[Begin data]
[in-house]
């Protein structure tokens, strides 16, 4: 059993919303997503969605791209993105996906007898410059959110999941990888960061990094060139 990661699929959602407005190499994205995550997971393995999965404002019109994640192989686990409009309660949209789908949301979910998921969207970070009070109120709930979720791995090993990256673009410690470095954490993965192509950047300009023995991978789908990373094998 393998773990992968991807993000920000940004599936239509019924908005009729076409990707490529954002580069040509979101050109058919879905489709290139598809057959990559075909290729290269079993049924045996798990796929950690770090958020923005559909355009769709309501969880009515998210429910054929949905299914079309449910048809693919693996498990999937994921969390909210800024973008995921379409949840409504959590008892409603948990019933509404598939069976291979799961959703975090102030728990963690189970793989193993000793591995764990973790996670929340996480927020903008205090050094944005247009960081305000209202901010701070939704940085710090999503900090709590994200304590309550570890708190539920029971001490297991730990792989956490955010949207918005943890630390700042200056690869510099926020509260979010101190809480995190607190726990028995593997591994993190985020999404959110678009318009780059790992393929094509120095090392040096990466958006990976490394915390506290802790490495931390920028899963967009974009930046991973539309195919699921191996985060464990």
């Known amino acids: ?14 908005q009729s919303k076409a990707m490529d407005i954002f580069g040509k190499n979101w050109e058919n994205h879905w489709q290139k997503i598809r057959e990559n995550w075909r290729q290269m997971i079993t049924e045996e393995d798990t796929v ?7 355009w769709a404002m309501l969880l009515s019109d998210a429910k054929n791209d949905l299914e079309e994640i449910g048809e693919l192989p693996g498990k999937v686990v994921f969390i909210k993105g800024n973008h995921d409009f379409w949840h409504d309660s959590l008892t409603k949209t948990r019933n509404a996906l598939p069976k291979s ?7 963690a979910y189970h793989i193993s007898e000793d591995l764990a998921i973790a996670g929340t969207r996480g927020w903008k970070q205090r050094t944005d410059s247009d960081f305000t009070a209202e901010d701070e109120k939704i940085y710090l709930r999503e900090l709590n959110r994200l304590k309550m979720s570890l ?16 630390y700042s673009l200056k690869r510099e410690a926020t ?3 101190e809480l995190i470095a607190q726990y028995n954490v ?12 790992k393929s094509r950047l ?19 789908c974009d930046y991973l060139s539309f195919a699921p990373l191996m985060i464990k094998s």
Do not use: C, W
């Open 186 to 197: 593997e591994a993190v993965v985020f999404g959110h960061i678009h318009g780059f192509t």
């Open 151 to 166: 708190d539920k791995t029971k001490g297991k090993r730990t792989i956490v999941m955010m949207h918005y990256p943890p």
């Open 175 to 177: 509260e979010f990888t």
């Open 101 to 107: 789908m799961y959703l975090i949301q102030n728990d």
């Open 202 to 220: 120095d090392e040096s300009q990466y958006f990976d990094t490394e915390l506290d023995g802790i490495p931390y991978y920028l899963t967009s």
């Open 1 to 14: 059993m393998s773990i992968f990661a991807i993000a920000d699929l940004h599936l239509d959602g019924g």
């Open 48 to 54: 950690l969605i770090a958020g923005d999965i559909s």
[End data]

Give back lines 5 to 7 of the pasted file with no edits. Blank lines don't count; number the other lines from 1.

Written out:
């Open 186 to 197: 593997e591994a993190v993965v985020f999404g959110h960061i678009h318009g780059f192509t």
């Open 151 to 166: 708190d539920k791995t029971k001490g297991k090993r730990t792989i956490v999941m955010m949207h918005y990256p943890p």
């Open 175 to 177: 509260e979010f990888t």